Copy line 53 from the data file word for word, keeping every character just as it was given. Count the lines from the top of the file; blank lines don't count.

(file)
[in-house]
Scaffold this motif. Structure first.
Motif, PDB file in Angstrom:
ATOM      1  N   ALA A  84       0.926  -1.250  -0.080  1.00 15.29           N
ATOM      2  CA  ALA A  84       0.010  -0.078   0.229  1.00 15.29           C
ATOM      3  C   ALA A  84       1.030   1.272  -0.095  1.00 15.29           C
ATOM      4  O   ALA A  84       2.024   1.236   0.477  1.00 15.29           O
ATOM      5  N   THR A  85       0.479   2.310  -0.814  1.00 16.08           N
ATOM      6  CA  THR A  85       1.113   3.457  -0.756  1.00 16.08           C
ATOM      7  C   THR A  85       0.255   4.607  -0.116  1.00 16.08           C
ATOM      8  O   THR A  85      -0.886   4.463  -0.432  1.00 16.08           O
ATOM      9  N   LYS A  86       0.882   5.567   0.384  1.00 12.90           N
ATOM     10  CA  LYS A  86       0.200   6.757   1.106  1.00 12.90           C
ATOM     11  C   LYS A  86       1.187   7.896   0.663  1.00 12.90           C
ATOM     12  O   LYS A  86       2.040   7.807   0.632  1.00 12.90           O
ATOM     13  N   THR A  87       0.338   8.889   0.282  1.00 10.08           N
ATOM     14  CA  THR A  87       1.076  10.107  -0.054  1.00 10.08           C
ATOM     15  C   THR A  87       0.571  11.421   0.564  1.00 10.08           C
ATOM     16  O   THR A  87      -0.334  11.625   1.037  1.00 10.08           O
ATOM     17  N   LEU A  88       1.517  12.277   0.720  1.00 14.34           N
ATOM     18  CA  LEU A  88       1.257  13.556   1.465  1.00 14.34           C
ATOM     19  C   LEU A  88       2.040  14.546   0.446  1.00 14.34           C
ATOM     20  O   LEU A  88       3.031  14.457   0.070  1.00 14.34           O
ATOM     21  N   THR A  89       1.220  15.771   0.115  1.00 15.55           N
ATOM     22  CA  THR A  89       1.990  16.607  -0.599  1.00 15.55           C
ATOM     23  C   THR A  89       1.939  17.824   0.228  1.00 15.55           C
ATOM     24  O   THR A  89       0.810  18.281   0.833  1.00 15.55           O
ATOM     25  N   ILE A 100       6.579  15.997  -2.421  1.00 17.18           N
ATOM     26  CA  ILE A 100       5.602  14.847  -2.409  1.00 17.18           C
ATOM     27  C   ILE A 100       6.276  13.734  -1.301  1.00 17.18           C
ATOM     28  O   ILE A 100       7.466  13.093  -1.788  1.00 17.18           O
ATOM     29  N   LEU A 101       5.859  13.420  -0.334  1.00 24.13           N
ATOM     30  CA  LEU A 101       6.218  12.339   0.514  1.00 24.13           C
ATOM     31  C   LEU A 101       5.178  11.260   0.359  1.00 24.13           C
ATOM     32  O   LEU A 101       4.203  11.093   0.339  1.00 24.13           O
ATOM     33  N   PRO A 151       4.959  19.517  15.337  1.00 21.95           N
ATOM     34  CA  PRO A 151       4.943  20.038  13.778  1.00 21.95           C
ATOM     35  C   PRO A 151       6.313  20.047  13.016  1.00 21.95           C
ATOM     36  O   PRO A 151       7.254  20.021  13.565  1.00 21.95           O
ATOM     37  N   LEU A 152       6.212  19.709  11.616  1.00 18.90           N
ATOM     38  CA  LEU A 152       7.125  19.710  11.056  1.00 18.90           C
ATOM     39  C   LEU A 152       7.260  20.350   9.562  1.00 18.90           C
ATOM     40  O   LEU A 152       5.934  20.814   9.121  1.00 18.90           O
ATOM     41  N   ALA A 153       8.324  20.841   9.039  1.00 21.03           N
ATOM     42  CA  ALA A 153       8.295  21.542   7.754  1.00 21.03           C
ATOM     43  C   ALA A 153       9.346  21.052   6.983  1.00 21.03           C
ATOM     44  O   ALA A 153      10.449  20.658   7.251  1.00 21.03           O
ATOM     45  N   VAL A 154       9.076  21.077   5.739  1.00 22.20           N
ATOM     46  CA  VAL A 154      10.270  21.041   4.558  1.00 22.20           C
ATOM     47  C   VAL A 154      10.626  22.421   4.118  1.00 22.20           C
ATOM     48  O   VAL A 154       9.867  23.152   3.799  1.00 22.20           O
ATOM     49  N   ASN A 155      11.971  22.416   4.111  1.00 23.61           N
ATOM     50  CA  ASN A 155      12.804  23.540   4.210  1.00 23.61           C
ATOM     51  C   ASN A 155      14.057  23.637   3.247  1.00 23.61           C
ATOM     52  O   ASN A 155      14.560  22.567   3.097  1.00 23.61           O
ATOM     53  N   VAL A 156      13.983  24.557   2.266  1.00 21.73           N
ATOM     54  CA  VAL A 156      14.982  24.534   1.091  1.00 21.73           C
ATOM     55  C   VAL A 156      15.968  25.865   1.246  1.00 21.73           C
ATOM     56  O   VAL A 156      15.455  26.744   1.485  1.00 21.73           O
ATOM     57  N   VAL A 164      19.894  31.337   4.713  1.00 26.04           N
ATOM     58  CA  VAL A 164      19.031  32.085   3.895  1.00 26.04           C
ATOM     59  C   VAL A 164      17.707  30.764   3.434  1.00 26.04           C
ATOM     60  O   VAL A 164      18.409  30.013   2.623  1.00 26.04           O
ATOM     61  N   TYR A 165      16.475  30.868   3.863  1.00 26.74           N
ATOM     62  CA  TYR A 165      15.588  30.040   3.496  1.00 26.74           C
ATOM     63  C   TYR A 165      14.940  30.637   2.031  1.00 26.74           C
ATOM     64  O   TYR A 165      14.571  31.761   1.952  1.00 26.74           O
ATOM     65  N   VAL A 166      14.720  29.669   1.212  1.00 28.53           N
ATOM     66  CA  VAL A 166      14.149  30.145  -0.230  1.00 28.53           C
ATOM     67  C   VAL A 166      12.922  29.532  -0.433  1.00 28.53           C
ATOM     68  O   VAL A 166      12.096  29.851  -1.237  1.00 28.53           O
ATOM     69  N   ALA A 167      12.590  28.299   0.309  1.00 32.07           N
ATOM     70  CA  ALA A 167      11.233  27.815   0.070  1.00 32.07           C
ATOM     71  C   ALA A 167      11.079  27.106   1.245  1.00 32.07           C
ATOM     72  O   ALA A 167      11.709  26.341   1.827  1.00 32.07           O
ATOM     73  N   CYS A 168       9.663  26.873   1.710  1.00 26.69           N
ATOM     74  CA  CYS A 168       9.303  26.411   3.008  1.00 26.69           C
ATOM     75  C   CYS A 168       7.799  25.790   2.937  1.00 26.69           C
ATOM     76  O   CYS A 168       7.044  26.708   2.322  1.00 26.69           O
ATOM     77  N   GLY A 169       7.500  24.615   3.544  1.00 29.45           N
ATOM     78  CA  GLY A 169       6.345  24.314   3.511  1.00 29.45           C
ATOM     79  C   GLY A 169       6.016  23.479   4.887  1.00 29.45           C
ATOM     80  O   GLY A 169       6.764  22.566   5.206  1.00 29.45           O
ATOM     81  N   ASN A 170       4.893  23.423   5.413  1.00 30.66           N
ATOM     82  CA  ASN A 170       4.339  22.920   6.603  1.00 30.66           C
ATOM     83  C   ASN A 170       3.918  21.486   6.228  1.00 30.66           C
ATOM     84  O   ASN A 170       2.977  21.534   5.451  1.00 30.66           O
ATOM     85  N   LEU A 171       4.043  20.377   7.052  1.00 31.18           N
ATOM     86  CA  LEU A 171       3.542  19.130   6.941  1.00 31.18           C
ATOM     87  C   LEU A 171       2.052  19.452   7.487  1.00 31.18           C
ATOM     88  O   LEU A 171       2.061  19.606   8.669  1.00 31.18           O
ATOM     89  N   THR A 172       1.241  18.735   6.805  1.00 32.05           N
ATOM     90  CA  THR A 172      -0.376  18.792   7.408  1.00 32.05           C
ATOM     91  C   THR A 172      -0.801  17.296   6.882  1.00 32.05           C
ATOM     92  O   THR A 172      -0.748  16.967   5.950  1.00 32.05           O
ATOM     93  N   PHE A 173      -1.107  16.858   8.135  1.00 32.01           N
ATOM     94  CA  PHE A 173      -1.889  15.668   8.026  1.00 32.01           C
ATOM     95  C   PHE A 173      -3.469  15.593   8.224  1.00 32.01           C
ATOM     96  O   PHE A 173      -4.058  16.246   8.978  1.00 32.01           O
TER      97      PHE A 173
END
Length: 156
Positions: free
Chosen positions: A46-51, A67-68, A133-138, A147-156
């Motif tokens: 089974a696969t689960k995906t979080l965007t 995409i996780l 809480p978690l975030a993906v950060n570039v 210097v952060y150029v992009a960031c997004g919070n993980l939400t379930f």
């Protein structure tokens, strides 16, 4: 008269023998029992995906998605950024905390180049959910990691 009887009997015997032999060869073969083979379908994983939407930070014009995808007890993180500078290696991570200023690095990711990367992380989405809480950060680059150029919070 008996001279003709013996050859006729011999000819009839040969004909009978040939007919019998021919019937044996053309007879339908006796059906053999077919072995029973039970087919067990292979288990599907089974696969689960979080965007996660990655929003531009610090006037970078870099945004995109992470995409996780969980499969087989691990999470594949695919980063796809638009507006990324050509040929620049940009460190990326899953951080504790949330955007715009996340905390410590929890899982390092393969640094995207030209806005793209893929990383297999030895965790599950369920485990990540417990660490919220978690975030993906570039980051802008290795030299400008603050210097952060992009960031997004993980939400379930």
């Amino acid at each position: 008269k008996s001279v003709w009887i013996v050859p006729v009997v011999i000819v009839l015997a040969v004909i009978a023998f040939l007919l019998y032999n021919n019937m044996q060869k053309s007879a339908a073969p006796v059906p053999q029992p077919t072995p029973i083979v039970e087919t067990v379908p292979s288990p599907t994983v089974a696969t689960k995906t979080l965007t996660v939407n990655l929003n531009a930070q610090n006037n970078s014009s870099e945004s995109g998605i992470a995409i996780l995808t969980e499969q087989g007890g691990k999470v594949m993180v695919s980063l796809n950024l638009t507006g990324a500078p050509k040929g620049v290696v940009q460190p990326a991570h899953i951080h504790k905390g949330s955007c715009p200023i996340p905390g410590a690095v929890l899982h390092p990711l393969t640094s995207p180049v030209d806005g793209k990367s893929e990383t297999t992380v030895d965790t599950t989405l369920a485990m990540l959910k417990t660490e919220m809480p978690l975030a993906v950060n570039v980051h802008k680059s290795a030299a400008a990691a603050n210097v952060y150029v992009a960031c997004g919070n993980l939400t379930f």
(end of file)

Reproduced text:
ATOM     50  CA  ASN A 155      12.804  23.540   4.210  1.00 23.61           C